(2) The Communications made to Congs. at their last Session explained the posture in which the close of the discussions relating to the attack by the B. Ship of war, on the Frigate Chesapeake left a subject on which the nation had manifested so honorable a sensibility. Every view of what had passed, authorized a belief that immediate steps would be taken by the B. Govt. for redressing a wrong; which the more it was investigated, appeared the more clearly to require, what had not been provided for in the special Mission. It is found that no steps have been taken for the purpose. On the contrary it will be seen in the documents laid before you, that the inadmissible preliminary which obstructed the adjustment, is still adhered to: and, moreover, that it is now brought into connexion with the distinct and irrelative case of the Orders in Council. The instructions which had been given to our Minister at London with a view to facilitate, if necessary, the reparation claimed by the U. S. are included in the documents communicated.

The instructions given to our Ministers with respect to the different belligerents, were necessarily modified with a reference to their different circumstances and to The condition annexed by law to the Exive power of suspension which was to be exercised only under a degree of security to our Commerce ⟨   ⟩ as this degree of security would not result from a repeal of the Edicts of France, Instead of a pledge for a suspension of the Embargo as to her, in case of such a repeal, it was presumed that a sufficient inducement might be found in other considerations, and particularly, in the change produced by a compliance with our just demands by one belligerent, and a refusal by the other in the relations between this other & the U. S.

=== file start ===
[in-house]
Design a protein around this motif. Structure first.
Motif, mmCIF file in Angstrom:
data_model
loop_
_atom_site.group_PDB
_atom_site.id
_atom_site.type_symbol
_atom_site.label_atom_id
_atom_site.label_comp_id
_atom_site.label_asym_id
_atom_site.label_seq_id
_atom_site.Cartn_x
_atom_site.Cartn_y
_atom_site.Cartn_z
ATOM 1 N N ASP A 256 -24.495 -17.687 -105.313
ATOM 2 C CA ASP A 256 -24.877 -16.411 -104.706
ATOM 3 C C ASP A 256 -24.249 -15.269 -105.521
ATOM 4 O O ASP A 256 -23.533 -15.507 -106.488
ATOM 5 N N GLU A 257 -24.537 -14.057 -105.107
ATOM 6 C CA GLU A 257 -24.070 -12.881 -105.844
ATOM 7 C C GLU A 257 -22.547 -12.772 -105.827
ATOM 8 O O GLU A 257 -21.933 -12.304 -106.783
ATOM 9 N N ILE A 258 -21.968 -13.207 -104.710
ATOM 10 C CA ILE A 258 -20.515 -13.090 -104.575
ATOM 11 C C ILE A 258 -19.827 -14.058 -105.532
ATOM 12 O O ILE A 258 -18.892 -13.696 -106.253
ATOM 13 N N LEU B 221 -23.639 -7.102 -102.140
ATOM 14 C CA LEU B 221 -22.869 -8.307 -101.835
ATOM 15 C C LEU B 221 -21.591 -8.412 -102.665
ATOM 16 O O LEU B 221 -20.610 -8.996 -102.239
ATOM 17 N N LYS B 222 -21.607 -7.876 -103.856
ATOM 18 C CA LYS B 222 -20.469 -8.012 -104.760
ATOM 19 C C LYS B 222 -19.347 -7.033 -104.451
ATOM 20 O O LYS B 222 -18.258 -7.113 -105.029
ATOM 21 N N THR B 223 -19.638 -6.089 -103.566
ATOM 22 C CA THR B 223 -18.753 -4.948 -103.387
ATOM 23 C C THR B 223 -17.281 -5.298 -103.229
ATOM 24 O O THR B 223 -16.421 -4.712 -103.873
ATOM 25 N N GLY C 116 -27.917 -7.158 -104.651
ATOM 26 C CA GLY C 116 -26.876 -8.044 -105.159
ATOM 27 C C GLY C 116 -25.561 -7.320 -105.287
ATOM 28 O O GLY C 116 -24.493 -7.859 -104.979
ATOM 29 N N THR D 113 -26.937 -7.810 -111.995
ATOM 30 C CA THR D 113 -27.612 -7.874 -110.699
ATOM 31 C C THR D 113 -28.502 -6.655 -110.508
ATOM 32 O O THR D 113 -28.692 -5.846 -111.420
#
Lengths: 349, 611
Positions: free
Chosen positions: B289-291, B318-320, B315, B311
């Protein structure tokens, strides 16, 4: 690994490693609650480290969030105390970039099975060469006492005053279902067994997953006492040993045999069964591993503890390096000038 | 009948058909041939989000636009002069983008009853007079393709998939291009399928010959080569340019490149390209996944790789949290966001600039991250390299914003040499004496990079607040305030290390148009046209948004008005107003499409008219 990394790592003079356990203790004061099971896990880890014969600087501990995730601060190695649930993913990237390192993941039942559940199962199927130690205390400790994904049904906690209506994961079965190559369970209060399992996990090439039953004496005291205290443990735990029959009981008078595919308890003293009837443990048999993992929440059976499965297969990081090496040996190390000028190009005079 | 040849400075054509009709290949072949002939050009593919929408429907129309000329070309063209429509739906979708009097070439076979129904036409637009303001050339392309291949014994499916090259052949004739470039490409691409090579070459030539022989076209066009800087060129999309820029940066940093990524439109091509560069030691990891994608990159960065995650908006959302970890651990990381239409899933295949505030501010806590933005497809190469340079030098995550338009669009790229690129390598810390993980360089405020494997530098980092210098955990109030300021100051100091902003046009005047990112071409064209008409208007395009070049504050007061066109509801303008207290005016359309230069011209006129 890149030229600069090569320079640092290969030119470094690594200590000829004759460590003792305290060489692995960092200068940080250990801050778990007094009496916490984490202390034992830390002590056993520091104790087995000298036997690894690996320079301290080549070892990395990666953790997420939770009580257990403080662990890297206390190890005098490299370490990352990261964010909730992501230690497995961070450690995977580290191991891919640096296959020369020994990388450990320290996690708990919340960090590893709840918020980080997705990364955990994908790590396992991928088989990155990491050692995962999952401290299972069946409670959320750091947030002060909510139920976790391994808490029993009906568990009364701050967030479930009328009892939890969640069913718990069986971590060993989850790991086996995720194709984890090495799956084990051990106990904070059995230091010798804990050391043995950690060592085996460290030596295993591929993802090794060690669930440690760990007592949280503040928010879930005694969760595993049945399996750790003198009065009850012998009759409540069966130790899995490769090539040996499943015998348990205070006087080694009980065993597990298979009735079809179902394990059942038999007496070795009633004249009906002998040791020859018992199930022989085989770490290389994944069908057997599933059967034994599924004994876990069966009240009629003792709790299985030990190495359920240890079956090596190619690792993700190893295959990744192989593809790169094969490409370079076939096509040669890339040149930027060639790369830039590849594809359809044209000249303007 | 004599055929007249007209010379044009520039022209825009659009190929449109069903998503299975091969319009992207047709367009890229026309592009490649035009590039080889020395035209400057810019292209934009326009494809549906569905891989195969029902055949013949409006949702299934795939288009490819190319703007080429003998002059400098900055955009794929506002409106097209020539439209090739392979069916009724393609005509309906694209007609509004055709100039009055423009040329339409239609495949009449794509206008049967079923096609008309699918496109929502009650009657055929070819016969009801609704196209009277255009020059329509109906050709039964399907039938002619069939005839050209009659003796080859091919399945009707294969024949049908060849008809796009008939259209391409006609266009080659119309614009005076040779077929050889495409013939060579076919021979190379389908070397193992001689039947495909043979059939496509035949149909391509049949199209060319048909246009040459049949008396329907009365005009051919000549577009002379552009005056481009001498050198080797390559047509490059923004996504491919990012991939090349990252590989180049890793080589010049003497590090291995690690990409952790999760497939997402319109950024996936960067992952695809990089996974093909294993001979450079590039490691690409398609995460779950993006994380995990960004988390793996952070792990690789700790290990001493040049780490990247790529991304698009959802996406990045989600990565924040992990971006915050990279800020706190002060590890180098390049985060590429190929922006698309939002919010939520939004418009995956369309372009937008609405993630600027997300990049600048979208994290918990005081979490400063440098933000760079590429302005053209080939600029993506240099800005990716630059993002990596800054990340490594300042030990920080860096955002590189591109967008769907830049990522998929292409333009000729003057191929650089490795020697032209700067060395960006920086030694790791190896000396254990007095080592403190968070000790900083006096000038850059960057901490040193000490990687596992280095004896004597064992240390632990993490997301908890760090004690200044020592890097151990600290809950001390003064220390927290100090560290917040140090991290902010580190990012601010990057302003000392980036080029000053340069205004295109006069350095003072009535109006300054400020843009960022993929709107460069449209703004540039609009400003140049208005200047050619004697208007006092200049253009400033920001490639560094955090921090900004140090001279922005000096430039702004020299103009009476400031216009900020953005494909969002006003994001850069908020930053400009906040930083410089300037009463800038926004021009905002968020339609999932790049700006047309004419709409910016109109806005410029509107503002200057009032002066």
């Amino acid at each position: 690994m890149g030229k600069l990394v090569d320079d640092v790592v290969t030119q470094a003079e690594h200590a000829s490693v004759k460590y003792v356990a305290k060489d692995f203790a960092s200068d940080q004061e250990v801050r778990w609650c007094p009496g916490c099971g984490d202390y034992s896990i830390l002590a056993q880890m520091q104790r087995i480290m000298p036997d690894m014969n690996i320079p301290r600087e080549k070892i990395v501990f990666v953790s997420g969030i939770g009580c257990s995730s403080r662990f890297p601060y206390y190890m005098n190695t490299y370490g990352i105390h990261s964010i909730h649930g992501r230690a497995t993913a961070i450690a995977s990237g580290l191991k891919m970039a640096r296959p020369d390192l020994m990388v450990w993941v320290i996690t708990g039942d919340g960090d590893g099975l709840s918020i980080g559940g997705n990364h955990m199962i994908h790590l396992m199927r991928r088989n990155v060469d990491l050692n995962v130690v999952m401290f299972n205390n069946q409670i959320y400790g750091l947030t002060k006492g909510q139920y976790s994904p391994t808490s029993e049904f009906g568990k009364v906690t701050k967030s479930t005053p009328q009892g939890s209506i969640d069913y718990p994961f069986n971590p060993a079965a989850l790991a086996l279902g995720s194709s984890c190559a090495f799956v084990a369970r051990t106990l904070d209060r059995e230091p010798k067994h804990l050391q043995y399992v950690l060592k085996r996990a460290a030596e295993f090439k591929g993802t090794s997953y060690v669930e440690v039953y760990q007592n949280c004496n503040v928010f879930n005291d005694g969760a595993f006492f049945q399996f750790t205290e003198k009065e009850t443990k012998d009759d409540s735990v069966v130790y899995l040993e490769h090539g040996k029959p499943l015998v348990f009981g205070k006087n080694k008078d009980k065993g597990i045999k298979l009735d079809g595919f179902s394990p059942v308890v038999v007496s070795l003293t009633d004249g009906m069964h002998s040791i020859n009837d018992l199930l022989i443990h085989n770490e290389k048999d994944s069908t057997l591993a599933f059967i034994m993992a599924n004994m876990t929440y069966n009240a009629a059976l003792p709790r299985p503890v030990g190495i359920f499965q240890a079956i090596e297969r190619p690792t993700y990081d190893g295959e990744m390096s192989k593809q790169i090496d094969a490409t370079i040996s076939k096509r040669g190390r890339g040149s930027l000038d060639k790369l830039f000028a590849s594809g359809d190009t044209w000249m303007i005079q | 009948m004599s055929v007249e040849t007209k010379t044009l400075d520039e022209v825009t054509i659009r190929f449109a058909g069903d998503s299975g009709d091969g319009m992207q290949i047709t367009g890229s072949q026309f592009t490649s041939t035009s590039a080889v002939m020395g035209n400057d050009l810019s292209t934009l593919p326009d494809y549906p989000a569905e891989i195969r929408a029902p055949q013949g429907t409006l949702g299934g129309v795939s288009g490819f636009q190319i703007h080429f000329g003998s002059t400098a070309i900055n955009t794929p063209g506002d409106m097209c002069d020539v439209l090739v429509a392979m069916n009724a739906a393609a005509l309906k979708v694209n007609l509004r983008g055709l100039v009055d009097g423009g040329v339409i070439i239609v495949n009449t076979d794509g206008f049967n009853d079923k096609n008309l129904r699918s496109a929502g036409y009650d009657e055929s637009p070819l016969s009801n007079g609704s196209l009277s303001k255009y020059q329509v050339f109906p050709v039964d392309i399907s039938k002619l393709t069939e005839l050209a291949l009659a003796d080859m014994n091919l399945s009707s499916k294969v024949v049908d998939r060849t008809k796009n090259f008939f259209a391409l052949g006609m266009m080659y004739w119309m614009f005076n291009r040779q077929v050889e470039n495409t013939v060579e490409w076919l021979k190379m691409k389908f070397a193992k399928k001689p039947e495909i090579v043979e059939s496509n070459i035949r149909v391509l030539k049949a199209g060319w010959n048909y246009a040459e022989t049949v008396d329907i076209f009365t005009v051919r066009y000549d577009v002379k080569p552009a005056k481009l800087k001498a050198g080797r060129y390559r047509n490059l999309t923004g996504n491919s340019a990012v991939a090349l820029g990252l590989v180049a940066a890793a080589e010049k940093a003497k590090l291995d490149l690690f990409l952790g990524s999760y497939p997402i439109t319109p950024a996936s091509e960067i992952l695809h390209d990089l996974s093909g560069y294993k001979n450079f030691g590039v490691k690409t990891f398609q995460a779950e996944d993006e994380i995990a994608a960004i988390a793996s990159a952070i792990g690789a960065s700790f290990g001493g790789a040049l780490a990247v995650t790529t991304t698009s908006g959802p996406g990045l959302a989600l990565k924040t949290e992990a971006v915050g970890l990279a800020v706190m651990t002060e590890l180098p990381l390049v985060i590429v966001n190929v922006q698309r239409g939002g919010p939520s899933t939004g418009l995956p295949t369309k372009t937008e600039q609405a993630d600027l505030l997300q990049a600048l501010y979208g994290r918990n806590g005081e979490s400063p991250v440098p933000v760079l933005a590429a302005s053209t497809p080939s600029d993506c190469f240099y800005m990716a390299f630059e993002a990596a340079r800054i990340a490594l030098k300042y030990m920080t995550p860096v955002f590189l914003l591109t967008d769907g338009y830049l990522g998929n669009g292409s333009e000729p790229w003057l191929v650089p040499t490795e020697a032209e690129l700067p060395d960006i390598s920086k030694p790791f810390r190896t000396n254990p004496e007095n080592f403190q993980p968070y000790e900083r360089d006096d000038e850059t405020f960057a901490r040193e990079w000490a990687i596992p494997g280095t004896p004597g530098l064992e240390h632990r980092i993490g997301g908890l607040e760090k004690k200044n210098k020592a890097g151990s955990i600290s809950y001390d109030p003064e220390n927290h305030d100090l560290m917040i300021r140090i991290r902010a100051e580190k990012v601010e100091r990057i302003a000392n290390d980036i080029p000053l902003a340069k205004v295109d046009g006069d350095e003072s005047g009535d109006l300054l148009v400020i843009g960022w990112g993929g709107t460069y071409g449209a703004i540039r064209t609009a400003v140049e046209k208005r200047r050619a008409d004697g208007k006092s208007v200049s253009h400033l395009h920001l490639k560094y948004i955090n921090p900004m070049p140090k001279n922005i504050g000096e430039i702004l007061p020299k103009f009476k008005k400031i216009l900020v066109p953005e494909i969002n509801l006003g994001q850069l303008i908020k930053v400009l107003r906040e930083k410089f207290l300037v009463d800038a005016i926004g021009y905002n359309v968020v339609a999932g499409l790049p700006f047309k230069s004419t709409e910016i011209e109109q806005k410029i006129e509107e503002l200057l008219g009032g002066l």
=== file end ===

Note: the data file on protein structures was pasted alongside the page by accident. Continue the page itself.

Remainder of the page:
1. manner for way: this word following so nearly

(2) substitute "it will rest with ⟨   ⟩ Congress to decide on the course best adapted to such a state of things; and bringing as they do from every part of the Union, the sentiments of our Constituents; my confidence is the stronger, that they will, in forming this decision, weigh and compare with an unerring regard to the essential rights & interests of the Nation, the painful alternatives out of which a choice is to be made.